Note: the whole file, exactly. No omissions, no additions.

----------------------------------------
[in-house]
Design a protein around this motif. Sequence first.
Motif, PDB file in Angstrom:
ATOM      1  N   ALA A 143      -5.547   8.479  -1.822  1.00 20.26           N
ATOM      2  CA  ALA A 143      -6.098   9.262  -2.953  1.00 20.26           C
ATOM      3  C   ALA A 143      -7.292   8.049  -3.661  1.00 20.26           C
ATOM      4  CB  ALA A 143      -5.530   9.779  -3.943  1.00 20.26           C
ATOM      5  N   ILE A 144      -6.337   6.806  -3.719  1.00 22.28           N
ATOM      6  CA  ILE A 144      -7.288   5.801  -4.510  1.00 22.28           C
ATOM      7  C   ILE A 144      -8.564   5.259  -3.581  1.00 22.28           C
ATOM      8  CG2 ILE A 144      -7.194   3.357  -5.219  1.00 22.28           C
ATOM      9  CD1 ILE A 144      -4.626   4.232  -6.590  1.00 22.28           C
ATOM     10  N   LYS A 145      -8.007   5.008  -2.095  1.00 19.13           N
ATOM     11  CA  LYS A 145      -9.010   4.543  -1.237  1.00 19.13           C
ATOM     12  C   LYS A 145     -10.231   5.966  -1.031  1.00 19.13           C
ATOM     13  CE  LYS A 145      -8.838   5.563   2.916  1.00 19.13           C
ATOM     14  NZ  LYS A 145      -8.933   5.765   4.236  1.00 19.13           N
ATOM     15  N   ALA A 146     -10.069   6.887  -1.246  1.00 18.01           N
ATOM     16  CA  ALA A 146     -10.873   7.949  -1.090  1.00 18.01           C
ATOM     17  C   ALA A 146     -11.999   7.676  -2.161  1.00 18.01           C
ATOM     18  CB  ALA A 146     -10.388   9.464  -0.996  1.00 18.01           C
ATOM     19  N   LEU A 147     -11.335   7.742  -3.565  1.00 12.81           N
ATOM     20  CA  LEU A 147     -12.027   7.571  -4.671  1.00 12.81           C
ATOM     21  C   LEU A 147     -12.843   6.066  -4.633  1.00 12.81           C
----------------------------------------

[in-house]
Design a protein around this motif. Sequence first.
Motif, PDB file in Angstrom:
ATOM      1  N   ALA A 143      -5.547   8.479  -1.822  1.00 20.26           N
ATOM      2  CA  ALA A 143      -6.098   9.262  -2.953  1.00 20.26           C
ATOM      3  C   ALA A 143      -7.292   8.049  -3.661  1.00 20.26           C
ATOM      4  CB  ALA A 143      -5.530   9.779  -3.943  1.00 20.26           C
ATOM      5  N   ILE A 144      -6.337   6.806  -3.719  1.00 22.28           N
ATOM      6  CA  ILE A 144      -7.288   5.801  -4.510  1.00 22.28           C
ATOM      7  C   ILE A 144      -8.564   5.259  -3.581  1.00 22.28           C
ATOM      8  CG2 ILE A 144      -7.194   3.357  -5.219  1.00 22.28           C
ATOM      9  CD1 ILE A 144      -4.626   4.232  -6.590  1.00 22.28           C
ATOM     10  N   LYS A 145      -8.007   5.008  -2.095  1.00 19.13           N
ATOM     11  CA  LYS A 145      -9.010   4.543  -1.237  1.00 19.13           C
ATOM     12  C   LYS A 145     -10.231   5.966  -1.031  1.00 19.13           C
ATOM     13  CE  LYS A 145      -8.838   5.563   2.916  1.00 19.13           C
ATOM     14  NZ  LYS A 145      -8.933   5.765   4.236  1.00 19.13           N
ATOM     15  N   ALA A 146     -10.069   6.887  -1.246  1.00 18.01           N
ATOM     16  CA  ALA A 146     -10.873   7.949  -1.090  1.00 18.01           C
ATOM     17  C   ALA A 146     -11.999   7.676  -2.161  1.00 18.01           C
ATOM     18  CB  ALA A 146     -10.388   9.464  -0.996  1.00 18.01           C
ATOM     19  N   LEU A 147     -11.335   7.742  -3.565  1.00 12.81           N
ATOM     20  CA  LEU A 147     -12.027   7.571  -4.671  1.00 12.81           C
ATOM     21  C   LEU A 147     -12.843   6.066  -4.633  1.00 12.81           C